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EU leaders to hold trade talks with China despite rifts over human rights

Issued on: 14/09/2020 – 04:46

EU leaders will talk to Chinese President Xi Jinping seeking trade a..

Issued on: 14/09/2020 – 04:46

EU leaders will talk to Chinese President Xi Jinping seeking trade and investment Monday, despite tensions over Hong Kong's freedoms and Beijing's treatment of its Uighur minority.

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Chinese officials, EU chiefs Charles Michel and Ursula von der Leyen and German Chancellor Angela Merkel will hold a video-conference to replace a full summit with all 27 EU leaders cancelled because of coronavirus.

China says an investment deal — already seven years in the making — can be agreed this year, but EU officials warn obstacles remain and insist they will not swallow unfavourable terms simply to cut a deal.

"Even if there is a political objective to accelerate negotiations and conclude them by the end of the year, we will have this only if it is something worth having," an EU official said.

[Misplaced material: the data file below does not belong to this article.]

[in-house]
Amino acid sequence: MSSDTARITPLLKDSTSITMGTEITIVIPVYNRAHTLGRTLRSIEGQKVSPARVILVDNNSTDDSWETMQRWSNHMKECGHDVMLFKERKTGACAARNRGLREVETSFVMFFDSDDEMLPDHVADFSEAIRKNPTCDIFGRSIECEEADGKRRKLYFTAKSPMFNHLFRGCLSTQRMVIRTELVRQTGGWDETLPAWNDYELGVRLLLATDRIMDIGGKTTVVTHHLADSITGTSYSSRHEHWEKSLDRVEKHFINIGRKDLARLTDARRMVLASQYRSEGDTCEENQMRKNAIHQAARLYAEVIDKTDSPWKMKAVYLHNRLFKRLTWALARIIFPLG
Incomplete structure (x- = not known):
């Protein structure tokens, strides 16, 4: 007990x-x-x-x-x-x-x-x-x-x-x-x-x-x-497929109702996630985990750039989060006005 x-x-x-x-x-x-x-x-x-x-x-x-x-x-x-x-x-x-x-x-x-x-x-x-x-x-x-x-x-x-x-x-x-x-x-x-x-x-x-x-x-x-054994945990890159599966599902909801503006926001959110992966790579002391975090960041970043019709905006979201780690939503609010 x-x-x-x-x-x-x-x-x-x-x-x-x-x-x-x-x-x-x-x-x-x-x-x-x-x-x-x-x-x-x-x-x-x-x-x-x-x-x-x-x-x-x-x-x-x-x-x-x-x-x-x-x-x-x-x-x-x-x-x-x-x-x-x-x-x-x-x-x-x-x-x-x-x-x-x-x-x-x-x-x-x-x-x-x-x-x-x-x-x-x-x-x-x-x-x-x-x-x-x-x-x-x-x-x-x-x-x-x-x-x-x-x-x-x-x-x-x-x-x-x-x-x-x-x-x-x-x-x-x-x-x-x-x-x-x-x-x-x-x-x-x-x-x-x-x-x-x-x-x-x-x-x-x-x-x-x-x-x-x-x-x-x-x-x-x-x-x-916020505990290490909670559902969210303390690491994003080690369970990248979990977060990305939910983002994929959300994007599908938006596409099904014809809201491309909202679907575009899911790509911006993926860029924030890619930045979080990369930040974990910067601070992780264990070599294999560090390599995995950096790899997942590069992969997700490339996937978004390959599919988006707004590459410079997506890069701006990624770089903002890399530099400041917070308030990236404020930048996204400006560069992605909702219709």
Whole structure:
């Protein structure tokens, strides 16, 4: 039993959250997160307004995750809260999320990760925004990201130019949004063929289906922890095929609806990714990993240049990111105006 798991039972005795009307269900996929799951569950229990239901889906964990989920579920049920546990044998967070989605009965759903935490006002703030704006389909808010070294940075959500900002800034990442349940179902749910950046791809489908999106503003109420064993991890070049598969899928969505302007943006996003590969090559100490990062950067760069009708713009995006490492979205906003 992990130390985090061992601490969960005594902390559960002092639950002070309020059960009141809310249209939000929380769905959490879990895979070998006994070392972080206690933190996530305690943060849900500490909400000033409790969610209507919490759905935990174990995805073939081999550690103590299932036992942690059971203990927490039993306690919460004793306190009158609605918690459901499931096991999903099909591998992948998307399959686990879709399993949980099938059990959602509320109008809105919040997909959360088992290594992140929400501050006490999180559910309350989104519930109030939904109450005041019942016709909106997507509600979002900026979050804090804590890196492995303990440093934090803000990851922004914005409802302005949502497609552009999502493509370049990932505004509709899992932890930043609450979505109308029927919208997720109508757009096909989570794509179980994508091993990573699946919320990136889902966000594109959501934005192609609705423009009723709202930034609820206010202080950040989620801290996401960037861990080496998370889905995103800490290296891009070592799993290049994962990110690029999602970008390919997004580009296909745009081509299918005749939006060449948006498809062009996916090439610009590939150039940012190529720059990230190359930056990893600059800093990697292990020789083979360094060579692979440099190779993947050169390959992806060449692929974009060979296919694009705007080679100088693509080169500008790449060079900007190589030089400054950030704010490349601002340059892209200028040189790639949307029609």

Brussels says "significant progress" has been made in talks since a similar video summit in June, and officials hope to agree a roadmap to a deal by the end of the year — they also want Beijing to improve market access for European companies.

"The EU must define its own interests, and must be strong and independent of both China and the United States," French Finance Minister Bruno Le Maire told the German weekly Welt am Sonntag.

Brussels wants to reinforce respect for intellectual property, to end obligations to transfer technology and to reduce subsidies for Chinese public enterprises.

China-US tensions

No major breakthrough is expected on Monday but the EU side hopes to persuade Xi to give fresh political impetus to the talks — and to allow his negotiators more room to compromise.

The meeting comes as ties between China and the US deteriorate, with both sides locked in fierce recriminations over trade disputes, human rights and the origins of the coronavirus pandemic.

Washington and Beijing have imposed curbs on each other's diplomats, after another tit-for-tat move in July when the two governments ordered the closure of consulates in Houston and Chengdu.